It seems appropriate to us to offer Mac OS X a birthday shoutout, as it was on this day in 2001 that Apple officially shipped Mac OS X 10.0. After a multi-month public beta, Apple released the final version on a Saturday, with small-scale events at its CompUSA Stores-within-a-Store.
Remember CompUSA? That company is gone, but it served as a testing ground for what would eventually become Apple’s own fleet of Apple Store retail locations, where product launches regularly include special events.
Mac OS X was built off of NeXTSTEP, the operating system developed by NeXT, the company Steve Jobs founded after being ousted from Apple. When then-Apple CEO Gil Amelio bought NeXT in order to get a foundation for a next-generation OS to replace the original Mac OS (then at OS 9), he also got Steve Jobs as an advisor, which eventually led to Mr. Amelio’s own ouster and replacement by Steve Jobs.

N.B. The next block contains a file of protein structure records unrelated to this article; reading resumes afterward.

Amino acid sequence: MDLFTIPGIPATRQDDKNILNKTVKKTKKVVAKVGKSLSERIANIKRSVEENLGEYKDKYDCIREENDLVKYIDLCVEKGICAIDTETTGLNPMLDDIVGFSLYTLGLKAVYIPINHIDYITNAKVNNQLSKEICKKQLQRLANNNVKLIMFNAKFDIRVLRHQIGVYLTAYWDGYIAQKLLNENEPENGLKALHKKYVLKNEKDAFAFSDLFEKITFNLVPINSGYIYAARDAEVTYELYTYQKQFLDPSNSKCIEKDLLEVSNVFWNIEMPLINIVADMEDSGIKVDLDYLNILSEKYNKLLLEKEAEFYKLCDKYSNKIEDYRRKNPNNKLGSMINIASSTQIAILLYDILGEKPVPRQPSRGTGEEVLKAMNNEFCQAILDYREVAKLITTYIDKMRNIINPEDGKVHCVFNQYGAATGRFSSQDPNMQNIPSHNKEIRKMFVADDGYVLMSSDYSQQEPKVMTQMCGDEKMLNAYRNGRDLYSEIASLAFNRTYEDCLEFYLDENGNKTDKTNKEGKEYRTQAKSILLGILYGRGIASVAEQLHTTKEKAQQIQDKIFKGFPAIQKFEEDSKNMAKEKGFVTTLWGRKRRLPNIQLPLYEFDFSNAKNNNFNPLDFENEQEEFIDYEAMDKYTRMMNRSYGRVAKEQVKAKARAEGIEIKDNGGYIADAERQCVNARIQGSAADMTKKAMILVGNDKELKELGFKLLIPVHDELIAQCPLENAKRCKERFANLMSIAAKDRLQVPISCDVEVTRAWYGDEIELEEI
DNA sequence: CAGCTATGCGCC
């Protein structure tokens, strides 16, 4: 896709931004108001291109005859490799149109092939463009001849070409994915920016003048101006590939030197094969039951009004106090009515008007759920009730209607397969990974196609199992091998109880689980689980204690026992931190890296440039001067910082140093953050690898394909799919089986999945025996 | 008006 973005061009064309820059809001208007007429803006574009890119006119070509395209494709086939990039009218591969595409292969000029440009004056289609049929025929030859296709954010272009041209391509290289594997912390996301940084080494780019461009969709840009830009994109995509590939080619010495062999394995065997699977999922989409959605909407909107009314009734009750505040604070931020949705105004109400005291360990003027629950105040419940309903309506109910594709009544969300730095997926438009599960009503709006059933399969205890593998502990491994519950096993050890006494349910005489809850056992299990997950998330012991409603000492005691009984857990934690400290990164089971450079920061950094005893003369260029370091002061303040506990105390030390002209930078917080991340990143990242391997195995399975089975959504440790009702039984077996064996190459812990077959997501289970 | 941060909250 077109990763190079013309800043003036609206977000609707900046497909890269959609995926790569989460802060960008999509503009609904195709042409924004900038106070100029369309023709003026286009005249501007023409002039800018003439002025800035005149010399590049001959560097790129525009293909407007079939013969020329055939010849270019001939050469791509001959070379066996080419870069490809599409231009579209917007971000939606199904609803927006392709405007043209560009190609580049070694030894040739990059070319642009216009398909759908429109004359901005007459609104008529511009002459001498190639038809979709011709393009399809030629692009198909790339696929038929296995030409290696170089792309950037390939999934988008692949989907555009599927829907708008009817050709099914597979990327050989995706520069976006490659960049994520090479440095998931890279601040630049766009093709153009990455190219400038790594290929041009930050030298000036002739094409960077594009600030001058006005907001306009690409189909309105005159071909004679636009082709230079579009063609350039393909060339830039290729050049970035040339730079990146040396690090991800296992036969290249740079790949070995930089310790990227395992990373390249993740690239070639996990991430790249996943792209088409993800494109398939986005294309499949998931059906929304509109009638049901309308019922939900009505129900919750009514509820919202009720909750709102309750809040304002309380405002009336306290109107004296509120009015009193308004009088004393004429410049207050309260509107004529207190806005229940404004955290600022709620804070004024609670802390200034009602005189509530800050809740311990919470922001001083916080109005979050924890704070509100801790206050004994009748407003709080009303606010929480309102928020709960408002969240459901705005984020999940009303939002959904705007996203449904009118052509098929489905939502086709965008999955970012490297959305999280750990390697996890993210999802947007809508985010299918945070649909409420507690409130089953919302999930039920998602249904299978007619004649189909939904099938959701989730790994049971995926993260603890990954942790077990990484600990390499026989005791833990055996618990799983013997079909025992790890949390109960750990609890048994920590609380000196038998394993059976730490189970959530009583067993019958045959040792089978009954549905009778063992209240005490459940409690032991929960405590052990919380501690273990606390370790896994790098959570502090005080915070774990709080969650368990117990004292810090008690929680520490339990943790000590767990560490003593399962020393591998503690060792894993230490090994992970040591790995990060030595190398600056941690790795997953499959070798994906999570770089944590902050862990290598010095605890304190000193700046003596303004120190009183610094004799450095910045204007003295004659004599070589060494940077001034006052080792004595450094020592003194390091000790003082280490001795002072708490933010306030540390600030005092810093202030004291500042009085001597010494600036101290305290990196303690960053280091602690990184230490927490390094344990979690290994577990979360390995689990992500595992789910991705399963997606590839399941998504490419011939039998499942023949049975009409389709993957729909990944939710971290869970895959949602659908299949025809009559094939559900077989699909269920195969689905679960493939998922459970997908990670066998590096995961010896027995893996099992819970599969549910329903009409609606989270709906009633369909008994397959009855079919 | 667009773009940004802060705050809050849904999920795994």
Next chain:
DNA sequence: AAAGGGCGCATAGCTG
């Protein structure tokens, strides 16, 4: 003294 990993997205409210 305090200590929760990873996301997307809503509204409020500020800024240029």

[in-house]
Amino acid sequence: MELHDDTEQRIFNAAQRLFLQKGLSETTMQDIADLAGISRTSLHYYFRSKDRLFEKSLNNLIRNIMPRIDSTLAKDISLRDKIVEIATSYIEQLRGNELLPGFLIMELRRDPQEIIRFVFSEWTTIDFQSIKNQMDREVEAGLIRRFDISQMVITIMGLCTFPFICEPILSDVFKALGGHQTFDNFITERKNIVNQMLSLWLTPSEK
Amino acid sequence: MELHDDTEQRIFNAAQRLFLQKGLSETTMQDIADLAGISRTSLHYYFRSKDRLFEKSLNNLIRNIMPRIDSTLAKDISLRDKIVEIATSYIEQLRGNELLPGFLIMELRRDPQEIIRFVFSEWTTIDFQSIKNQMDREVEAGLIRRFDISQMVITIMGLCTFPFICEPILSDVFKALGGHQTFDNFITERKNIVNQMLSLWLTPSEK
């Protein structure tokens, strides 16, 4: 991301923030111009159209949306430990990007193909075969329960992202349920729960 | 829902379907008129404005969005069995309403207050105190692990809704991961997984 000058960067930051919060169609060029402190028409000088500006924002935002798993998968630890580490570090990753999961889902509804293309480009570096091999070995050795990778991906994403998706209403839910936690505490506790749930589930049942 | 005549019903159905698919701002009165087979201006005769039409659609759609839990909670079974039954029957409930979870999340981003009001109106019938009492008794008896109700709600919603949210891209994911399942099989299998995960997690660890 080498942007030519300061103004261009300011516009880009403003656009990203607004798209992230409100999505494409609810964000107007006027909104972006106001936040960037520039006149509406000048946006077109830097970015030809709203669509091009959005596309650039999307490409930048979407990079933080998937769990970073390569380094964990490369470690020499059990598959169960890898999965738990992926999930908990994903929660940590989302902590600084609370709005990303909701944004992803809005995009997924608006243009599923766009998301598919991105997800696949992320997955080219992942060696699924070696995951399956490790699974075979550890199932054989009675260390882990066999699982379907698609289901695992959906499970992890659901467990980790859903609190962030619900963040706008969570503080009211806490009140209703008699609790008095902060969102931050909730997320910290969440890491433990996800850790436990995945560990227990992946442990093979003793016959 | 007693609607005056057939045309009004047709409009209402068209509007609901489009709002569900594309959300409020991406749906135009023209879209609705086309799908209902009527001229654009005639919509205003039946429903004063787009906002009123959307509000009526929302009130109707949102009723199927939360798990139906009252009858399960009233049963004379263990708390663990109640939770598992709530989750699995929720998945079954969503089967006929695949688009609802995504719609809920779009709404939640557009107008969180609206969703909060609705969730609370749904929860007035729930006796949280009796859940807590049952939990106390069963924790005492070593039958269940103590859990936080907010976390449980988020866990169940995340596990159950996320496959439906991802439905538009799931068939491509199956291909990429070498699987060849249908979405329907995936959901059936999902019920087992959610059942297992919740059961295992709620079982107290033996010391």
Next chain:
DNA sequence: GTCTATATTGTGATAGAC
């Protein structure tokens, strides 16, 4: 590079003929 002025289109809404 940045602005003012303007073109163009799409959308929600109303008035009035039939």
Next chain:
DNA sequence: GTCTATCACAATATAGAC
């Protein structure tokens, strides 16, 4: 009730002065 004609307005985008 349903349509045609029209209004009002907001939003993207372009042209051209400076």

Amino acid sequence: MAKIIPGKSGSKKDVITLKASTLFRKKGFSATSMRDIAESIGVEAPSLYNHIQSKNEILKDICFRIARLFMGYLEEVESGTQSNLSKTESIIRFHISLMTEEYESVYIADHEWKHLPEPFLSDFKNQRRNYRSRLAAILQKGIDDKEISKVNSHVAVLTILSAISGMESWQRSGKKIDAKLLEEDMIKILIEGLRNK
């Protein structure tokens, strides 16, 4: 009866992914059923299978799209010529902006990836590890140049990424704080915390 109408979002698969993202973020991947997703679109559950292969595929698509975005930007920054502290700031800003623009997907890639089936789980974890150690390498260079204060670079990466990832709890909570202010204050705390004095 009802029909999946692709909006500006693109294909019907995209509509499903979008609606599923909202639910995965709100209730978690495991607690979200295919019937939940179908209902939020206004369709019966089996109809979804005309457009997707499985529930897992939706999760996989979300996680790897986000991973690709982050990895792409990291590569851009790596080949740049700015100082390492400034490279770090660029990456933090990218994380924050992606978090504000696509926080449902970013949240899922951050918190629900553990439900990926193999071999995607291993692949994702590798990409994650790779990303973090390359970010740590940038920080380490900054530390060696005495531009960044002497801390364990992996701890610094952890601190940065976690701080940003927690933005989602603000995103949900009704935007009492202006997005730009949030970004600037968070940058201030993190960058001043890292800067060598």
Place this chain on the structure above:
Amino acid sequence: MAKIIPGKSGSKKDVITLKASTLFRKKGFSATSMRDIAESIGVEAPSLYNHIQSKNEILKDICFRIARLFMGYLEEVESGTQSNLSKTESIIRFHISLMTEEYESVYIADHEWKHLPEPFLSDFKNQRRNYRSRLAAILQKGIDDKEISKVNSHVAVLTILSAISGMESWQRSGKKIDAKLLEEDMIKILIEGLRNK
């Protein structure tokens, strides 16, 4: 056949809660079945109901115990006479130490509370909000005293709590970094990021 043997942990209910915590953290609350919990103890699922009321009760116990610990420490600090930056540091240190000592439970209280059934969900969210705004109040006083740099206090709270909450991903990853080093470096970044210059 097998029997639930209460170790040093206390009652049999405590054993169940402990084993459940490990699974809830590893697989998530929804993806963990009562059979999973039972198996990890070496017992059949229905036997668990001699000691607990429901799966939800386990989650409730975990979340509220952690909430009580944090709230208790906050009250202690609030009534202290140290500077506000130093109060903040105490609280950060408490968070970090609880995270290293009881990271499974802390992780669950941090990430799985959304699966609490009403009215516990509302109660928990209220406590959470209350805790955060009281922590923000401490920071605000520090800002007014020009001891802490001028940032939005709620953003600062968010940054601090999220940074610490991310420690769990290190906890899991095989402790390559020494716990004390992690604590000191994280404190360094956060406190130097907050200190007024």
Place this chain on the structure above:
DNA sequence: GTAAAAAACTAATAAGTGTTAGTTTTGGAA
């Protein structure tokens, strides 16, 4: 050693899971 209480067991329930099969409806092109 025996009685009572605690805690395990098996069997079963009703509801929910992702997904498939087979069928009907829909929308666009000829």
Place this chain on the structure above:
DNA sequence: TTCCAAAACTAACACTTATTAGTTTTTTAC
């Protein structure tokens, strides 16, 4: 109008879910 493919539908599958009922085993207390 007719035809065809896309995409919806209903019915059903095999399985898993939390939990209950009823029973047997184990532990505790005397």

Several years of development later, Apple released a Mac OS X Public Beta for US$29.95 in September of 2000. As mentioned above, that was followed by the release of Mac OS X 10.0 on March 24th, 2001, which makes our favorite operating system nine years old.